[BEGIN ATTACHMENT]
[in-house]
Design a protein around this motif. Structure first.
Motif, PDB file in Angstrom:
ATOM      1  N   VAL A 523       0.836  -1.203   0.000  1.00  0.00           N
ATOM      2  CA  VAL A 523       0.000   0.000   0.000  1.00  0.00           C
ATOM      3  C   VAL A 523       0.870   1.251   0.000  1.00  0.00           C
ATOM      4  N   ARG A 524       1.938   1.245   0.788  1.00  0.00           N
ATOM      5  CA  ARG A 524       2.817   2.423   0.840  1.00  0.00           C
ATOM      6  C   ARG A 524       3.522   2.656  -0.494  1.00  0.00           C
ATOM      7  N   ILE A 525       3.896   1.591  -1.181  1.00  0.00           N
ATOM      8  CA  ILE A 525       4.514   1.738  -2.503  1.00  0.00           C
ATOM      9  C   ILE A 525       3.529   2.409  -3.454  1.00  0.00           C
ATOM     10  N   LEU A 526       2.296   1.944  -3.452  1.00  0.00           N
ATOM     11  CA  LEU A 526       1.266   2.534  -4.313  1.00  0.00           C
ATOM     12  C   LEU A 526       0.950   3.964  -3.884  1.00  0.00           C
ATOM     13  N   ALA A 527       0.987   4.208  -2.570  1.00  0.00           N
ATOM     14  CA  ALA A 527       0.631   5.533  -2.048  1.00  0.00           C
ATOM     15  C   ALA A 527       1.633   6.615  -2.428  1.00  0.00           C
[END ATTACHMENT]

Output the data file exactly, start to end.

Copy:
[in-house]
Design a protein around this motif. Structure first.
Motif, PDB file in Angstrom:
ATOM      1  N   VAL A 523       0.836  -1.203   0.000  1.00  0.00           N
ATOM      2  CA  VAL A 523       0.000   0.000   0.000  1.00  0.00           C
ATOM      3  C   VAL A 523       0.870   1.251   0.000  1.00  0.00           C
ATOM      4  N   ARG A 524       1.938   1.245   0.788  1.00  0.00           N
ATOM      5  CA  ARG A 524       2.817   2.423   0.840  1.00  0.00           C
ATOM      6  C   ARG A 524       3.522   2.656  -0.494  1.00  0.00           C
ATOM      7  N   ILE A 525       3.896   1.591  -1.181  1.00  0.00           N
ATOM      8  CA  ILE A 525       4.514   1.738  -2.503  1.00  0.00           C
ATOM      9  C   ILE A 525       3.529   2.409  -3.454  1.00  0.00           C
ATOM     10  N   LEU A 526       2.296   1.944  -3.452  1.00  0.00           N
ATOM     11  CA  LEU A 526       1.266   2.534  -4.313  1.00  0.00           C
ATOM     12  C   LEU A 526       0.950   3.964  -3.884  1.00  0.00           C
ATOM     13  N   ALA A 527       0.987   4.208  -2.570  1.00  0.00           N
ATOM     14  CA  ALA A 527       0.631   5.533  -2.048  1.00  0.00           C
ATOM     15  C   ALA A 527       1.633   6.615  -2.428  1.00  0.00           C